Remember the Roseberry – Courtney wedding a couple of weeks ago that sparked The Great Sacred Space Debate of 2007? It was also at that wedding that I saw again John Wesley’s Directions for Singing that he wrote in 1761 and placed on the inside cover of his “Select Hymns” book of that same year. Those instructions for congregational singing have appeared in the exact same form in the front of every Methodist hymnal since, even to this day.
I come across this historic set of instructions every couple of years or so — at a friend’s wedding or a community funeral or while browsing old book stores and antique shops. I saw them again last Saturday inside an old song book at a booth in Canton and I wanted to run them by you in case you’ve never seen them and to remind those of you who have.
There’s tremendous wisdom in these directions. A part of me (not all of me, but a pretty big part of me) would like to see these rules plastered in the fronts of our song books, too — those of us who still use song books, I suppose.
- Learn these tunes before you learn any others; afterwards learn as many as you please.
- Sing them exactly as they are printed here, without altering or mending them at all; and if you have learned to sing them otherwise, unlearn it as soon as you can.
- Sing all. See that you join with the congregation as frequently as you can. Let not a slight degree of weakness or weariness hinder you. If it is a cross to you, take it up, and you will find it a blessing.
- Sing lustily and with good courage. Beware of singing as if you were half dead, or half asleep; but lift up your voice with strength. Be no more afraid of your voice now, nor more ashamed of its being heard, than when you sung the songs of Satan.
- Sing modestly. Do not bawl, so as to be heard above or distinct from the rest of the congregation, that you may not destroy the harmony; but strive to unite your voices together, so as to make one clear melodious sound.
- Sing in time. Whatever time is sung be sure to keep with it. Do not run before or stay behind it; but attend close to the leading voices, and move therewith as exactly as you can; and take care not to sing too slow. This drawling way naturally steals on all who are lazy; and it is high time to drive it out from us, and sing all our tunes just as quick as we did at first.
- Above all sing spiritually. Have an eye to God in every word you sing. Aim at pleasing him more than yourself, or any other creature. In order to do this attend strictly to the sense of what you sing, and see that your heart is not carried away with the sound, but offered to God continually; so shall your singing be such as the Lord will approve here, and reward you when he cometh in the clouds of heaven.
What do you think? I’m curious.
The rules certainly stress a congregational focus. Learning these songs that our church sings the way our church sings them. It’s clear that Wesley is committed to doing things in a way that will best encourage the entire congregation to enter into the singing. If a song is sung differently every time it’s sung, a lot of people will stop singing for fear of missing the cue or singing the wrong words at the wrong time or tempo. Unannounced surprises squelch full congregational participation.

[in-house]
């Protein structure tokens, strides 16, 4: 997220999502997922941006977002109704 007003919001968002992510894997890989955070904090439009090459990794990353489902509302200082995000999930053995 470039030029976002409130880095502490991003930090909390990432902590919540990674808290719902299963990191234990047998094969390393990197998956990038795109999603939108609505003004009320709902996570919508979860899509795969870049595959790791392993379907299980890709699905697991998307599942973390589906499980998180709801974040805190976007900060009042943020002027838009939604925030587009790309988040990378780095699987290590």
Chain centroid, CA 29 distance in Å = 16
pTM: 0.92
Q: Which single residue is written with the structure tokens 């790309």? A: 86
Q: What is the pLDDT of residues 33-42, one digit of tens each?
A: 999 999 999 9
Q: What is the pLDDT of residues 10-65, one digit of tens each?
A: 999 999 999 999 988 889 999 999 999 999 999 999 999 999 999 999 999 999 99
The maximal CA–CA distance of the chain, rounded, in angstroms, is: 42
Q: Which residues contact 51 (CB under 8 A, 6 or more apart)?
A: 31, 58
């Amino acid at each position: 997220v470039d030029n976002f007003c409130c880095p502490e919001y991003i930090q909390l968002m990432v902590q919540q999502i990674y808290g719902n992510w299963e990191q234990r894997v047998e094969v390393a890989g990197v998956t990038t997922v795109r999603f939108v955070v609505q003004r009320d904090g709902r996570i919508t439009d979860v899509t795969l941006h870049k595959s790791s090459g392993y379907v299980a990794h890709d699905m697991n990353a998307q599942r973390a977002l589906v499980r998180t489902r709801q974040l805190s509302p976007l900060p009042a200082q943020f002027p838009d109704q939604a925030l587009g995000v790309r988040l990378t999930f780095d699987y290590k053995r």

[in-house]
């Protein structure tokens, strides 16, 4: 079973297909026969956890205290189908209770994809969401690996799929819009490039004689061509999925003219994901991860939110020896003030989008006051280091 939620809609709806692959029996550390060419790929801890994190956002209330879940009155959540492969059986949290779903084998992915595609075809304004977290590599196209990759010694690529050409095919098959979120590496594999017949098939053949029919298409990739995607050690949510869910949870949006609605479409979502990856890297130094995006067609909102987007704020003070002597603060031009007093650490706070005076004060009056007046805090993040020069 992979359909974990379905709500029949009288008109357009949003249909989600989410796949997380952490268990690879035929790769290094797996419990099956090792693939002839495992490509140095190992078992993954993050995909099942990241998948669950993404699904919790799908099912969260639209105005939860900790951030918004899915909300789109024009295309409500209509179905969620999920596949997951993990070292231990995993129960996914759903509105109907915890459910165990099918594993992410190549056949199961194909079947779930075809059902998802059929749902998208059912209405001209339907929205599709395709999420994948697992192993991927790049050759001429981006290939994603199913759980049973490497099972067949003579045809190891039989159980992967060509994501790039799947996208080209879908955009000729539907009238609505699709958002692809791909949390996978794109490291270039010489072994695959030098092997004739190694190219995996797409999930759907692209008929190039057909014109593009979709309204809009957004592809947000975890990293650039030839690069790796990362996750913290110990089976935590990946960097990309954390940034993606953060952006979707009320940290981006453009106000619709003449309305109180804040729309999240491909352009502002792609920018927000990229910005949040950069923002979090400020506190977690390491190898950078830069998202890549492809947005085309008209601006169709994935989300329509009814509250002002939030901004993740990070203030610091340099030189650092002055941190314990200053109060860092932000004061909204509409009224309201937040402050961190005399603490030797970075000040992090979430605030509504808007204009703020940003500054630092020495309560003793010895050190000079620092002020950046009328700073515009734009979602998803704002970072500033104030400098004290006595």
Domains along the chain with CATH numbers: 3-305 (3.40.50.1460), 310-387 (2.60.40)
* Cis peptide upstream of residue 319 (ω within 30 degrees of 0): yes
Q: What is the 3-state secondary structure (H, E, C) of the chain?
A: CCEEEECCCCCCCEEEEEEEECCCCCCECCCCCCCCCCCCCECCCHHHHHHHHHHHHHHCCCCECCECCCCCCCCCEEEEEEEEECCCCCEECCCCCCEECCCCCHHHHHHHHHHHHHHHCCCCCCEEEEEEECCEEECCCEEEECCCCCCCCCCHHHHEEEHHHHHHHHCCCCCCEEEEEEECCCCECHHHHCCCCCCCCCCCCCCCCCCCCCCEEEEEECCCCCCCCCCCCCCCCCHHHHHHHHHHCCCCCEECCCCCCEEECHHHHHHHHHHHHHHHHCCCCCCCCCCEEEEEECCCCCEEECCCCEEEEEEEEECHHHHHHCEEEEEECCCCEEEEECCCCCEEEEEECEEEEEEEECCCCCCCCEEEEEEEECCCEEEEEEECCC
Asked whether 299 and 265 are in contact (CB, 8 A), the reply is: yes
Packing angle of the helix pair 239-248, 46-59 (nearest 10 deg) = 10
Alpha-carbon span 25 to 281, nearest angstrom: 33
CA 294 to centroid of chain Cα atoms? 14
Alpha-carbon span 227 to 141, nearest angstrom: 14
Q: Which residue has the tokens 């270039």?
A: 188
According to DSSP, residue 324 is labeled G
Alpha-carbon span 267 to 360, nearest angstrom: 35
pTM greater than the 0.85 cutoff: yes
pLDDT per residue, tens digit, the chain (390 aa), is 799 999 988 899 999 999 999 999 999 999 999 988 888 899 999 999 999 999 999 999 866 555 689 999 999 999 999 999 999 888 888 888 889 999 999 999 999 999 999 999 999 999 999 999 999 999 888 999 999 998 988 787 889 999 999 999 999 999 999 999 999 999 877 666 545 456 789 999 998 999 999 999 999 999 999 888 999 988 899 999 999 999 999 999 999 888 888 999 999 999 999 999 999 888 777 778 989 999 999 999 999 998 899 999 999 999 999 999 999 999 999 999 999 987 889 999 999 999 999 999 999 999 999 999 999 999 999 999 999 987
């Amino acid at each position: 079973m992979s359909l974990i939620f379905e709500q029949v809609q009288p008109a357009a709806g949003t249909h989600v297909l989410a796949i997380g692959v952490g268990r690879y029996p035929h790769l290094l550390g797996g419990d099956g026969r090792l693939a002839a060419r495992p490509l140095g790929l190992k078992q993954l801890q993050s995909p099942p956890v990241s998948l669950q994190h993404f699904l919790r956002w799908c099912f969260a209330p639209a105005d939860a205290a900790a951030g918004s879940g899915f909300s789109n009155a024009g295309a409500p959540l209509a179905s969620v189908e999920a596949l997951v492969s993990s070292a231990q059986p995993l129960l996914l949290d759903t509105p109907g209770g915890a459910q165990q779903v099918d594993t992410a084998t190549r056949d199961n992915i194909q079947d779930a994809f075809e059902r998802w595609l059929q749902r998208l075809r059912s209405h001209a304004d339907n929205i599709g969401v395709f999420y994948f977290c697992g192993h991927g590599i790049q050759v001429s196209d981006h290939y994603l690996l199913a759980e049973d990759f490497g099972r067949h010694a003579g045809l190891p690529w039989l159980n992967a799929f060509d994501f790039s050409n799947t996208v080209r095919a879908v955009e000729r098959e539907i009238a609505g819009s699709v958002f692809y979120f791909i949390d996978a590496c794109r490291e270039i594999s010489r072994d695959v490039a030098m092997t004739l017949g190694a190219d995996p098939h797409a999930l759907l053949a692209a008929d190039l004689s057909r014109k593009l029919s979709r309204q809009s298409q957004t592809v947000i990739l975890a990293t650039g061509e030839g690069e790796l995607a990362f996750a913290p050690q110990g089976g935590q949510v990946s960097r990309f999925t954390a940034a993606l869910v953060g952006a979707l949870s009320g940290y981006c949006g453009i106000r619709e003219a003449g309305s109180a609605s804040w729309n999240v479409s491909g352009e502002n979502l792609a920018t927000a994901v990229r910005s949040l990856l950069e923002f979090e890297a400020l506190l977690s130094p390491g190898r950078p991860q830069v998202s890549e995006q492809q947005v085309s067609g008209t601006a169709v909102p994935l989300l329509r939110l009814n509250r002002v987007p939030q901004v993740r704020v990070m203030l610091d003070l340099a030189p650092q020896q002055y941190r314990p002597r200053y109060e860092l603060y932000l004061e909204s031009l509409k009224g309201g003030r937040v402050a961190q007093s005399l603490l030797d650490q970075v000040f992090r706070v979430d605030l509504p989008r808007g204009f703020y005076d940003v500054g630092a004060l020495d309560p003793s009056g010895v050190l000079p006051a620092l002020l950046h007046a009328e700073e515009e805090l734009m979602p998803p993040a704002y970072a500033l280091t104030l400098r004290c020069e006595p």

Singing together — the same words, the same notes, the same tempo — embodies a rich theology of singing in that all the members combine to form one beautiful sound. All the different voices, all the ranges, all the skill levels and talents come together as one just as all of God’s different people with different backgrounds and different gifts form the one body, the Church. I’m reminded of Ignatius’ writings on congregatioanl singing in 110 AD while on his way to being martyred in Rome:
“It blends all voices together and causes one single fully harmonious chant to arise; young and old, rich and poor, women and men, slaves and free, all sing one single melody…all the inequalities of social life are here banished. Together we make up one single choir in perfect equality of rights and expression whereby earth imitates heaven. Such is the noble character of the Church.”
I especially like the instructions to sing with gusto, with passion, with enthusiasm. Don’t drag them out. Sing them like we used to. And make sure you’re singing these sacred hymns of praise and encouragment with the same passion and energy you sing your school’s fight song. Right?
Aim at pleasing God, not yourself or the person sitting next to you. I see older people all the time who refuse to sing a song based solely on what year it was written. And I see teenagers do the exact same thing. People my age will sulk and pout if there are a few too many “thees and thous” in an inspirational hymn. If the aim is to please God with our sacrificial servant hearts, song selection stops being an issue.
Anyway, I’m curious as to your thoughts. Hit the comments line at the top of this post and let me know. Is some of this stuff too strong? What parts are especially relevant today, 250 years later?